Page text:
Can One Spill Shut Down Gulf Drilling?
Sadly, some Republicans are caving to the pressure brought on by these shame tactics. For example, on May 3, California Governor Arnold Schwarzenegger officially “withdrew his support of a plan to expand oil drilling off the California coast.” When pressed for a reason for doing so, Schwarzenegger said: “You turn on the television and see this enormous disaster, you say to yourself, 'Why would we want to take on that kind of risk?"'
Why do we take the risk? We do so because fossil fuels are the engine of our economy and without them, America finds herself in a self-administered chokehold.
Perhaps Schwarzenegger could learn a bit from Virginia Governor Robert McDonnell, who’s moving forward with plans to drill off Virginia’s shores even as the Sierra Club and others are using the language of a crisis to stop him. In what has sadly become a novel approach in today’s effeminized political climate, McDonnell explained that “he does not want to postpone drilling [because of BP’s spill] but to learn from the accident" so as not to repeat it.
I forgot to mention that George Soros’ not-so-respectable bunch, MoveOn.org, is side by side with the Sierra Club and Oceana North America in this attempt to end offshore drilling. In no uncertain terms, MoveOn has launched “an ad campaign calling on President Obama to reinstate the ban on new offshore drilling.”
Now just in case these groups fail to secure a ban on offshore drilling, men like John Podesta and Joseph Romm are calling for more regulation of offshore oil platforms and more taxes on oil companies. That’s right, even though this spill was obviously the result of an explosion that took place on a BP platform, Podesta and Romm suggest all oil companies -- Chevron, ExxonMobil, Shell, etc. -- be punished along with BP.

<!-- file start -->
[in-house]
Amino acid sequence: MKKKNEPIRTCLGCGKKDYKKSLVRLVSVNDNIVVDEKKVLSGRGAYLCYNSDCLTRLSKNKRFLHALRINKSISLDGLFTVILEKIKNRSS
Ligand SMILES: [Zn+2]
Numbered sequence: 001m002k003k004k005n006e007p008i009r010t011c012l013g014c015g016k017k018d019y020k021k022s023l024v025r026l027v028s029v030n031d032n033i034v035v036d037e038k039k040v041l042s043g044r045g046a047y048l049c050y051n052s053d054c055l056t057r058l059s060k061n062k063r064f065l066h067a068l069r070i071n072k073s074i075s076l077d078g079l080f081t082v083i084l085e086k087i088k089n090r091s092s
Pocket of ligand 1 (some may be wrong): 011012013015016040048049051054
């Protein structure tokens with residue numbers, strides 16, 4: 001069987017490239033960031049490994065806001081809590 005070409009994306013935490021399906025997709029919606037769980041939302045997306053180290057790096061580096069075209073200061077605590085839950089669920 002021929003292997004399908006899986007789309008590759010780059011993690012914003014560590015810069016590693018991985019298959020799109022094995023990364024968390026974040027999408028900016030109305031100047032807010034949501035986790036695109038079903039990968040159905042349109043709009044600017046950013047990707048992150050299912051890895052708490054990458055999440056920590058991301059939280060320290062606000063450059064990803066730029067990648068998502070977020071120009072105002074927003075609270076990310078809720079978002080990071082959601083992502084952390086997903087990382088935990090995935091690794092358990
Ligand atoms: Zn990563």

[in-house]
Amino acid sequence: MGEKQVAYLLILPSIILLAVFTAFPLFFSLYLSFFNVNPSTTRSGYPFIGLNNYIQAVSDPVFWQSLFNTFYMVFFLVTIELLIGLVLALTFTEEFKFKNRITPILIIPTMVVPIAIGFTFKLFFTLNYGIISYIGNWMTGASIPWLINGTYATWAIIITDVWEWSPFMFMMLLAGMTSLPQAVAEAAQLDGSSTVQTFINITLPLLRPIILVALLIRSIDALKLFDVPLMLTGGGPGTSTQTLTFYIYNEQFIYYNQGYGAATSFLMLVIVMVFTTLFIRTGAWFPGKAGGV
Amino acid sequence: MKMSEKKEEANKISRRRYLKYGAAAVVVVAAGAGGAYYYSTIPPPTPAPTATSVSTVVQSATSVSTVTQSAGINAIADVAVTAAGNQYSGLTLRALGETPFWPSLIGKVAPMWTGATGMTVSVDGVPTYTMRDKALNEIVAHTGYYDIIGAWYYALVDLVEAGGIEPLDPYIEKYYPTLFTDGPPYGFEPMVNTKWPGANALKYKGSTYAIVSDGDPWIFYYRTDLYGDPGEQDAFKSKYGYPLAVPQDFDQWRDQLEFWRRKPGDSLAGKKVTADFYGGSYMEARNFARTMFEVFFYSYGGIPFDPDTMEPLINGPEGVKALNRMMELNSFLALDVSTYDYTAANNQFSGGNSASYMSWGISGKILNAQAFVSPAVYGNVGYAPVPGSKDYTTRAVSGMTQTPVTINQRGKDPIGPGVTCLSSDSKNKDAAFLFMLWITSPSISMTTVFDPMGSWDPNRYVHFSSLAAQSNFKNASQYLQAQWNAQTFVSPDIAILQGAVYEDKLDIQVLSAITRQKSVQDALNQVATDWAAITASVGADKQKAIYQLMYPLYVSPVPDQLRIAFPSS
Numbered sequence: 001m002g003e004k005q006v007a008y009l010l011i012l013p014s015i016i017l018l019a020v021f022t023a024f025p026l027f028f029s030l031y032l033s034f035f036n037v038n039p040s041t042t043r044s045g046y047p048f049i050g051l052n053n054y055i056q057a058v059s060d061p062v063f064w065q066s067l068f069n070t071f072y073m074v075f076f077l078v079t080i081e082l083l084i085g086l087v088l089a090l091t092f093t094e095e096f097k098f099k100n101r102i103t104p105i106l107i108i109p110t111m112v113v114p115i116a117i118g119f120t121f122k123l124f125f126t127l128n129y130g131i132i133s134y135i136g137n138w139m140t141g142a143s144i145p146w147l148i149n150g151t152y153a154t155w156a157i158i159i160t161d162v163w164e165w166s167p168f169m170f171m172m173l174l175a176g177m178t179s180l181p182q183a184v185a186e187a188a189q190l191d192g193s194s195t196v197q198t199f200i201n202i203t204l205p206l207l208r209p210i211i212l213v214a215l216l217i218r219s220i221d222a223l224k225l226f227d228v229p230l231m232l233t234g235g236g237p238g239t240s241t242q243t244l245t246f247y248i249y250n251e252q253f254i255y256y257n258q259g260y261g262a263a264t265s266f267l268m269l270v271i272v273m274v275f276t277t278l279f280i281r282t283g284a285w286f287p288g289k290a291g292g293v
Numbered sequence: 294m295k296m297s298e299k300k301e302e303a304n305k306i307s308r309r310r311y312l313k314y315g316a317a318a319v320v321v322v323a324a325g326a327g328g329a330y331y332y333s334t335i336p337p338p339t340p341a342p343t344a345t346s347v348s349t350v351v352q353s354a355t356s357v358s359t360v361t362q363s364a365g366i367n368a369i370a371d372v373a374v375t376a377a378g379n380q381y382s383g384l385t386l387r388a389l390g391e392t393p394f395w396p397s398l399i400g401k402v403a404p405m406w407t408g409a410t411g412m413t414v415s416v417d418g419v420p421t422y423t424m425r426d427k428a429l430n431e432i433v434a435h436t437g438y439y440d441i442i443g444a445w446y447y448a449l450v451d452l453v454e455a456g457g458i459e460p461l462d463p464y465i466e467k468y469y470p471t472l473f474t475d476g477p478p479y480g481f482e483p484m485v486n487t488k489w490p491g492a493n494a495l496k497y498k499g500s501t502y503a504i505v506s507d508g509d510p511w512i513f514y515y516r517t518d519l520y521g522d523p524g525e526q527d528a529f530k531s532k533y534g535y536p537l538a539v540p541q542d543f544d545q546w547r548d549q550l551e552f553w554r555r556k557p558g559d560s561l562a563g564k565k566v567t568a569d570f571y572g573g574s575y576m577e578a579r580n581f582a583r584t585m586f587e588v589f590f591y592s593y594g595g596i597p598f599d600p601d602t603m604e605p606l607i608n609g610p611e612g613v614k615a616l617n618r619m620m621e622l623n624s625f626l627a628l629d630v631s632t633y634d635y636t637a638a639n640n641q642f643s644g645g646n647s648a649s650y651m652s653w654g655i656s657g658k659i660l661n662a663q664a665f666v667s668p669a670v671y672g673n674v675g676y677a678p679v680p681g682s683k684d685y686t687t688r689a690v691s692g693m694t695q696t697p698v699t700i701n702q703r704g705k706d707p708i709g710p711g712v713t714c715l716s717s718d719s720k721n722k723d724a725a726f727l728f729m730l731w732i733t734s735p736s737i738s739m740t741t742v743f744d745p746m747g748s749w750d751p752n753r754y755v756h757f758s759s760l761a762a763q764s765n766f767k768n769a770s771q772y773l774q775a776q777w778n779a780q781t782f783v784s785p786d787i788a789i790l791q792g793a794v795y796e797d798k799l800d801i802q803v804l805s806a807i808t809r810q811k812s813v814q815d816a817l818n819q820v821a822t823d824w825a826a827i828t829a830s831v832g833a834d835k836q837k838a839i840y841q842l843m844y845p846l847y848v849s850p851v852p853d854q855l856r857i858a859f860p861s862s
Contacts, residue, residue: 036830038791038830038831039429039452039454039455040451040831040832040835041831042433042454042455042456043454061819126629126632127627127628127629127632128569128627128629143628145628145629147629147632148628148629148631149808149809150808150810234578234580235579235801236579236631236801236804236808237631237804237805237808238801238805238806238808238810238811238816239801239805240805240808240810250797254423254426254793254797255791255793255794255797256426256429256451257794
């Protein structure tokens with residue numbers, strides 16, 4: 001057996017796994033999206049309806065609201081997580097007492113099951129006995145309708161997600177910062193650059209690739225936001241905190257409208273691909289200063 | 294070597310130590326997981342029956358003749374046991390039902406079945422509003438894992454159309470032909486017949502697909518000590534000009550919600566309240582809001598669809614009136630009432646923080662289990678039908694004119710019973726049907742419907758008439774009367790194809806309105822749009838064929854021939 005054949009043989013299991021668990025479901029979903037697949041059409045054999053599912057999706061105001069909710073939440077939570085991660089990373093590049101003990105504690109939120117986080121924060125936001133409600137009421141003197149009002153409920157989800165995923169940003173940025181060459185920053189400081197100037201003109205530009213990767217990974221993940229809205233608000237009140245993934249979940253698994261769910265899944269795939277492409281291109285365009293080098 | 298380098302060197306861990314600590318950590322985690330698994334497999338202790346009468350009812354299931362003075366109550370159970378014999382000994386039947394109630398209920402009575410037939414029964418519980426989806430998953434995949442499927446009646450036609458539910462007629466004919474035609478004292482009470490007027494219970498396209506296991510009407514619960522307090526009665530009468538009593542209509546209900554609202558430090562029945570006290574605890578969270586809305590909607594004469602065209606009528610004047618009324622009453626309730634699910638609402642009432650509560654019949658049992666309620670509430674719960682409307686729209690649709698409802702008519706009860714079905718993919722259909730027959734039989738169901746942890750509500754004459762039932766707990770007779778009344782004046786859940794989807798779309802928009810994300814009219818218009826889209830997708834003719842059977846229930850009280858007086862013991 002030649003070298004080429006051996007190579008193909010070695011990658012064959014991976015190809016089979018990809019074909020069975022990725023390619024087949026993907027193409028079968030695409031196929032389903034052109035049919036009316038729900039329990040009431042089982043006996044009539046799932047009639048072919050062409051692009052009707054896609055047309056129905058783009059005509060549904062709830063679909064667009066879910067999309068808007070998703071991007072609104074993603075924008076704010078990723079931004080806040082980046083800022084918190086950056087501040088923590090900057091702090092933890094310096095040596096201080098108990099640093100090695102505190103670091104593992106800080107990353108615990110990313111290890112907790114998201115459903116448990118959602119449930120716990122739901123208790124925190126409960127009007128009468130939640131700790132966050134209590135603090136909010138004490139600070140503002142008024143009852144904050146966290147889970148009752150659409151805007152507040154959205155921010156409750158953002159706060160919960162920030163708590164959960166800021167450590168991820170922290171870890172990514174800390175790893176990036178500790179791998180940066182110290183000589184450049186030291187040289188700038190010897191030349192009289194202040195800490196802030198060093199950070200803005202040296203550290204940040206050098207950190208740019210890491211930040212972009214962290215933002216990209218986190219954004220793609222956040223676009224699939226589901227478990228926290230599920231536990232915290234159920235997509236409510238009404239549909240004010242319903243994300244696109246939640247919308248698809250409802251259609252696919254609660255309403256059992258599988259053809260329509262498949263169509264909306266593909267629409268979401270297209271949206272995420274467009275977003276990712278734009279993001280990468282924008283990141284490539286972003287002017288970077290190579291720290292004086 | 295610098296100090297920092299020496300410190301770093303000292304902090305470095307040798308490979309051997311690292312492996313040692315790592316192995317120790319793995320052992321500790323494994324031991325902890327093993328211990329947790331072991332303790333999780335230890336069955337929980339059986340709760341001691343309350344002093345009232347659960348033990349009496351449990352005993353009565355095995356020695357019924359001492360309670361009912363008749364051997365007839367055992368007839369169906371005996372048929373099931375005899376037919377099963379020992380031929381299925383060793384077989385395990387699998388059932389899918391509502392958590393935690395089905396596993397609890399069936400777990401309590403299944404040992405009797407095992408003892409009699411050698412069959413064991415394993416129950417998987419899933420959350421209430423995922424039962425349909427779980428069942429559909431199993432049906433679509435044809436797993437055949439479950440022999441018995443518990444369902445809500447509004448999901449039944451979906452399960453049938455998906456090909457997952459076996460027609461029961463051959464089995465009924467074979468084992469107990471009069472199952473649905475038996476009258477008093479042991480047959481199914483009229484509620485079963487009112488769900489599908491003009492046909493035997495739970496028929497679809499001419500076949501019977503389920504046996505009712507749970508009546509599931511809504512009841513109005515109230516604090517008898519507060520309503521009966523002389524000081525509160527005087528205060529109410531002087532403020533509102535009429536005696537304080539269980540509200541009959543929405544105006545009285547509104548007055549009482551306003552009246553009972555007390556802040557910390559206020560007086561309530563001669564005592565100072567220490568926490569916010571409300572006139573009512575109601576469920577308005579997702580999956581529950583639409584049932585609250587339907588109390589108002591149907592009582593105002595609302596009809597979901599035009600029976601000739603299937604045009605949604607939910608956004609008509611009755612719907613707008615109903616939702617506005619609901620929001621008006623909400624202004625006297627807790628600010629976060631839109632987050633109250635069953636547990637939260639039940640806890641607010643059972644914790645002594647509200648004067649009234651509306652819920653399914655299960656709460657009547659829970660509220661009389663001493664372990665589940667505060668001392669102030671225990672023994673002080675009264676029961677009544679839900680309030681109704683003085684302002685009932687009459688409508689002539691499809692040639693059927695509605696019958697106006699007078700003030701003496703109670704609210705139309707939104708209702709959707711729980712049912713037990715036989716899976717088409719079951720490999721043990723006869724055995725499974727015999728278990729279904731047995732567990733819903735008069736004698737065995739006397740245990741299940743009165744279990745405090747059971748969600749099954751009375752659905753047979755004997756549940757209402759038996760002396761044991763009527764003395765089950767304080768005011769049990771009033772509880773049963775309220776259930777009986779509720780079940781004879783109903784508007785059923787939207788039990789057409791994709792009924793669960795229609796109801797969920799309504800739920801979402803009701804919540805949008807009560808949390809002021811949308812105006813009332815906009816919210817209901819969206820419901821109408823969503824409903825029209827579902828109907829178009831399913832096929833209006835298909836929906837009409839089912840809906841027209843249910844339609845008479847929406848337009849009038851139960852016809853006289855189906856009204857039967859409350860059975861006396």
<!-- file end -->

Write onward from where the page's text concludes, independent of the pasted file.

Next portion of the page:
So there are two solutions to this crisis according to the liberal mind. The first is to ban offshore drilling de jure via a presidential order or legislative action. If they fail there, the second solution is to ban offshore drilling de facto by placing so many taxes, restrictions, and regulations on the oil companies that it becomes unprofitable to construct platforms from which to drill.
Either way, we as consumers lose because neither solution is really aimed at anything other than driving the price of gasoline through the roof, and forcing us out of our SUVs and pickup trucks once and for all.
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